The Oakland Athletics are in much better shape than the Detroit Tigers in regards to the postseason race, though that easily could change considering each team's schedule over the final two weeks.
Oakland will face three playoff contenders during a 10-game road trip that begins Tuesday night in Detroit, while the Tigers seemingly have a much easier road ahead.
The A's (84-62) lead the AL wild-card race by 4 1/2 games over third-place Los Angeles after Sunday's 9-5 loss to Baltimore, which holds the second wild-card berth.
Oakland took two of three from the Orioles and has won eight of 10.
"We're playing it day to day, but going into this series if you've got a chance to take two of three from a good team like that, you'll take it," manager Bob Melvin said.
Oakland hopes for similar results during a grueling trip. After three games at Comerica Park, it meets first-place New York before a four-game set with AL West-leading Texas, which it trails by three games in the division race.
The A's will face the Rangers seven times in their final 16 games that will be played without a day off.
"At this time of year I don't think 16 in a row is going to bother us because every game's going to have the magnitude that it is," Melvin said. "Everybody's looking forward to getting to the park and playing."
Especially Detroit (77-69), which has to make up more ground after falling 5-4 to first-place Chicago on Monday, increasing the Tigers' deficit in the AL Central to three games.
"I certainly don't think this thing is anywhere near over, but we have to win games," manager Jim Leyland said. "There's plenty of time if you win games. If you don't win games, then you run out of time."
The Tigers' schedule seems favorable the rest of the way. After this series, they'll play six games with AL-worst Minnesota and face Kansas City seven times.
Leyland, though, isn't about to overlook the surging A's. The teams split a four-game series from May 10-13 in Oakland.
"They've got outstanding pitching. And they've been getting timely hits," Leyland said. "If you look at their batting averages, it's not like they've got seven guys hitting .310, but they've been very productive. They've done a (great) job."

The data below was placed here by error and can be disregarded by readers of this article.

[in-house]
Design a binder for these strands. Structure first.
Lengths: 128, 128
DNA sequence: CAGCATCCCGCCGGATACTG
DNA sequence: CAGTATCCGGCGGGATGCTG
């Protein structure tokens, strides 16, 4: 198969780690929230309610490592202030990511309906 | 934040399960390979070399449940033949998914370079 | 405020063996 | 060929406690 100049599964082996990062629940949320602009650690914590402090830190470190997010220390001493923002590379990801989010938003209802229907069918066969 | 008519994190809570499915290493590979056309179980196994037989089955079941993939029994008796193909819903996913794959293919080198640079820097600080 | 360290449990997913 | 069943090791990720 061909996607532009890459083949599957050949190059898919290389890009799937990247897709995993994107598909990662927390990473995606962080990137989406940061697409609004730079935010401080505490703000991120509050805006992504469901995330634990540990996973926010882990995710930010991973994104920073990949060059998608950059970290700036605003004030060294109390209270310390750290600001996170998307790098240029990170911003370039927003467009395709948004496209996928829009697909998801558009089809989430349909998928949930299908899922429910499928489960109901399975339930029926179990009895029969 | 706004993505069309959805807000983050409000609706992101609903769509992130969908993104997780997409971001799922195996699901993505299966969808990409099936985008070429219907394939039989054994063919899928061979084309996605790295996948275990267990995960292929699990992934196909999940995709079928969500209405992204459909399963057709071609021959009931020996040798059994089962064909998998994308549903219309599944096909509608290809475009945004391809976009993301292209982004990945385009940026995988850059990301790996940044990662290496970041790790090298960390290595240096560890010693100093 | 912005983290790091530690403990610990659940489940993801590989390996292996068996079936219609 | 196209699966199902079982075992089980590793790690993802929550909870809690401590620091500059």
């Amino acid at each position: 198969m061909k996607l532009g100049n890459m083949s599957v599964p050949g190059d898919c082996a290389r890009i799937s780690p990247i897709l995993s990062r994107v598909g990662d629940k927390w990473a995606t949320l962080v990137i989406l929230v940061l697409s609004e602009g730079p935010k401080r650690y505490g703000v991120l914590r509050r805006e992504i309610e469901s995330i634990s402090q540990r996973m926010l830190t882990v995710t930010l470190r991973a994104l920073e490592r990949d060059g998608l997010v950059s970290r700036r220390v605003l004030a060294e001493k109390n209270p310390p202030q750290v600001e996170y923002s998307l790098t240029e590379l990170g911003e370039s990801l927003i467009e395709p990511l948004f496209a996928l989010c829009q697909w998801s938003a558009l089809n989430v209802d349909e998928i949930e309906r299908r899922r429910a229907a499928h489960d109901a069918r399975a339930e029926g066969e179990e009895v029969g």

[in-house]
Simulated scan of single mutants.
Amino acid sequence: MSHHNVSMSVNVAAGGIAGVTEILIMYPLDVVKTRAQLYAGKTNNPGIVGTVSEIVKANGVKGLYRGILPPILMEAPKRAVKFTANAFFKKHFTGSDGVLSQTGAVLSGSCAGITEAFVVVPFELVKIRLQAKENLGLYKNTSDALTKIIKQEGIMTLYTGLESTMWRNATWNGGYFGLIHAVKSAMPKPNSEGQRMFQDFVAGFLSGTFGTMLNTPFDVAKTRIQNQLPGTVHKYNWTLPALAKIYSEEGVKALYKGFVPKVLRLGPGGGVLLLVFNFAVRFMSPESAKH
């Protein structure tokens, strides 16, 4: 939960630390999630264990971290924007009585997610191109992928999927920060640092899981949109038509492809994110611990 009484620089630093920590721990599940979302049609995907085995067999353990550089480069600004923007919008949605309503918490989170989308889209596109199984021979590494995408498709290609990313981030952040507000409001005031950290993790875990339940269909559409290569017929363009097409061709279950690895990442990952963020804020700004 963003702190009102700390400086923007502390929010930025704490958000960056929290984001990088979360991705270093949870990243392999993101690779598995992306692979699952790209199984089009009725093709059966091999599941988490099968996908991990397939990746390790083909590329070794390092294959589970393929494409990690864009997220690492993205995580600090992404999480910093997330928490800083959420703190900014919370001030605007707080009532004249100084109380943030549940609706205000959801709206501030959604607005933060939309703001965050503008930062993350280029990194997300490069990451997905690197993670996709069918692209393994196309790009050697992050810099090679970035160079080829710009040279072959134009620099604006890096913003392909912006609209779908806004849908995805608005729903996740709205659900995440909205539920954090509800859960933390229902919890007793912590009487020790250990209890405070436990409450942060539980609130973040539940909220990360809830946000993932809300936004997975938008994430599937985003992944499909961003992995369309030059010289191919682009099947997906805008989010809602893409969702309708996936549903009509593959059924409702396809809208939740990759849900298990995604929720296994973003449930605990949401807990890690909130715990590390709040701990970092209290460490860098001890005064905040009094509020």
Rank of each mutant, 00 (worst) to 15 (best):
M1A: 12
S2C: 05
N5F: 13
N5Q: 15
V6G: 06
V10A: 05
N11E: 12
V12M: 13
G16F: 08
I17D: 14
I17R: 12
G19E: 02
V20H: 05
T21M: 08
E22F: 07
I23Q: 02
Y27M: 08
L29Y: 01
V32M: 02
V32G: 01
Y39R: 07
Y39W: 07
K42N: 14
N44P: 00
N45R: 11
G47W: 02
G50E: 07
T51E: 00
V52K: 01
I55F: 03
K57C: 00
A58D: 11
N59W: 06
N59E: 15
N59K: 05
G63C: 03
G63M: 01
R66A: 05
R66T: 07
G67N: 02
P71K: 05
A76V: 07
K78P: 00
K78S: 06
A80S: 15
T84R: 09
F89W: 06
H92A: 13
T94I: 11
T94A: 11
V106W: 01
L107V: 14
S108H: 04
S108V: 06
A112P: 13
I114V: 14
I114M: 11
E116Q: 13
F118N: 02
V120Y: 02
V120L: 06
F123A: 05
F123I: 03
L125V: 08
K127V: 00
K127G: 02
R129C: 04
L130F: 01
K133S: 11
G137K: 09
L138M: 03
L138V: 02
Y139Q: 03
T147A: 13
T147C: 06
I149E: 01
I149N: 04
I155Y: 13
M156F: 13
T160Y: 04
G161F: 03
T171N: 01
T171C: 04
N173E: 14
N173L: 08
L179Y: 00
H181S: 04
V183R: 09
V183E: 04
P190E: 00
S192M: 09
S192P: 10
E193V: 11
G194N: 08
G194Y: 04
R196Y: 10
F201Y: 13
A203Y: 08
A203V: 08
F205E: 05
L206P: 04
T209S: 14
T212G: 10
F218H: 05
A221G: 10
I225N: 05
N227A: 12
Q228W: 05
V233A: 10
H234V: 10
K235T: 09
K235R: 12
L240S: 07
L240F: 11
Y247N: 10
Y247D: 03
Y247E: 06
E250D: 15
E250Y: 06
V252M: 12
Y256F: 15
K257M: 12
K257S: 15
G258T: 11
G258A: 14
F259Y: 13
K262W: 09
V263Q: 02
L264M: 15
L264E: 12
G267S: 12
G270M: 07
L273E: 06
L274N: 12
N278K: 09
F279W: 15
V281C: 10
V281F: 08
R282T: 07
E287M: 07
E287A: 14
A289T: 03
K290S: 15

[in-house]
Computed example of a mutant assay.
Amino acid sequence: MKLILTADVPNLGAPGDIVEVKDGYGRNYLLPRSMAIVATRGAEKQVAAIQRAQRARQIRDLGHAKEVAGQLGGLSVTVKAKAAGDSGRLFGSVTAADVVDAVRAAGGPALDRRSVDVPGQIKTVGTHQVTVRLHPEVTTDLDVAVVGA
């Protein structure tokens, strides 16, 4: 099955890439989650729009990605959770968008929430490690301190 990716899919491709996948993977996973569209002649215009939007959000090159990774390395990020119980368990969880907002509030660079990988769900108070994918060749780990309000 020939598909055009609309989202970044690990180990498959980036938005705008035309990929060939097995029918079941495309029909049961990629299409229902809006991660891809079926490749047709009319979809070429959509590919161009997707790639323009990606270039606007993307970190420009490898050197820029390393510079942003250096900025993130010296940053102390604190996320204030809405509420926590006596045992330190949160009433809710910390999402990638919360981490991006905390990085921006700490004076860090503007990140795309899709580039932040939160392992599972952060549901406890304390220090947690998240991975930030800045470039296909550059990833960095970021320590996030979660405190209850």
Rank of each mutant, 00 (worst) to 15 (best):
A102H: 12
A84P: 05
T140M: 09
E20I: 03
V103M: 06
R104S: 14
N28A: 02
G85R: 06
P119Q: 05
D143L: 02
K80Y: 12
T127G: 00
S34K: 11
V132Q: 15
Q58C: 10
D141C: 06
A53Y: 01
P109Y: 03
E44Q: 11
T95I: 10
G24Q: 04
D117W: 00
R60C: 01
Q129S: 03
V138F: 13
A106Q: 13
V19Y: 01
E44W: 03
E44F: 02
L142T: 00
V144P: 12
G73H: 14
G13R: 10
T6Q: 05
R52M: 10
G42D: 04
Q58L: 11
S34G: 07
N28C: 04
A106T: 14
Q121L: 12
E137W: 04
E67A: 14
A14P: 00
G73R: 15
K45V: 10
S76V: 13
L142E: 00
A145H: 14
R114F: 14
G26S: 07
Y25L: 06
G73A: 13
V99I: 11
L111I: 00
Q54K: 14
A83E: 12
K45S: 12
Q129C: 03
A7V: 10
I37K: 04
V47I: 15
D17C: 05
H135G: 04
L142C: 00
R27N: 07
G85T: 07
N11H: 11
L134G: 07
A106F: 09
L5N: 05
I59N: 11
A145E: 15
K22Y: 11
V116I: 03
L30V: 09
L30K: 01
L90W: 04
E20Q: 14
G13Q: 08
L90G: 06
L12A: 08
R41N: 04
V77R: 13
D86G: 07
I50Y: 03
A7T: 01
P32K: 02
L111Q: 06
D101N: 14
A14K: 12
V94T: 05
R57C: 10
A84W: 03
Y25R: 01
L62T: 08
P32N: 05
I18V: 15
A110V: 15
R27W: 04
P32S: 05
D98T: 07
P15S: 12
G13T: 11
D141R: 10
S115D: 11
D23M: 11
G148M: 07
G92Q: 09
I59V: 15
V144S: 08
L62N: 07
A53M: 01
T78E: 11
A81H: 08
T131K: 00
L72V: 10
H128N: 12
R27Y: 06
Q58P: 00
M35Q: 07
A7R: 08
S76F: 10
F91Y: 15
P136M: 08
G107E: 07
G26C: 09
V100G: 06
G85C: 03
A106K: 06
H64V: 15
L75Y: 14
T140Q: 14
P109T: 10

A.J. Griffin has been a major reason A's starting pitchers rank second in the AL with a 3.69 ERA, and the rookie will look to stay hot Tuesday.
Griffin (6-0, 1.94 ERA) won his third straight start after tossing eight scoreless innings in Wednesday's 4-1 victory over the Angels. The 24-year-old right-hander, who was promoted from Triple-A Sacramento on June 24, has plenty of support from his manager.
"That's probably as good as we've seen him," Melvin said. "He's got a lot of confidence and he's been fun to watch."
The A's offense, though, likely will get a tough test from major league strikeout leader Max Scherzer, who is 6-0 with a 1.29 ERA over his last seven starts.
Scherzer (16-6, 3.77), who has struck out 60 in 49 innings during that stretch, gave up one run and fanned seven in six innings of Wednesday's 8-6 win over the White Sox. Pitching in crucial games only seems to motivate him more.
"I love being in this situation," said Scherzer, who has 220 strikeouts. "I want to have all the marbles on the line in a pennant race, where these games mean everything. I love having the ball in this situation."
The right-hander allowed two runs and struck out nine in 6 1-3 innings for a 10-6 win May 10 over Oakland, which has won four of the last six meetings in the Motor City.
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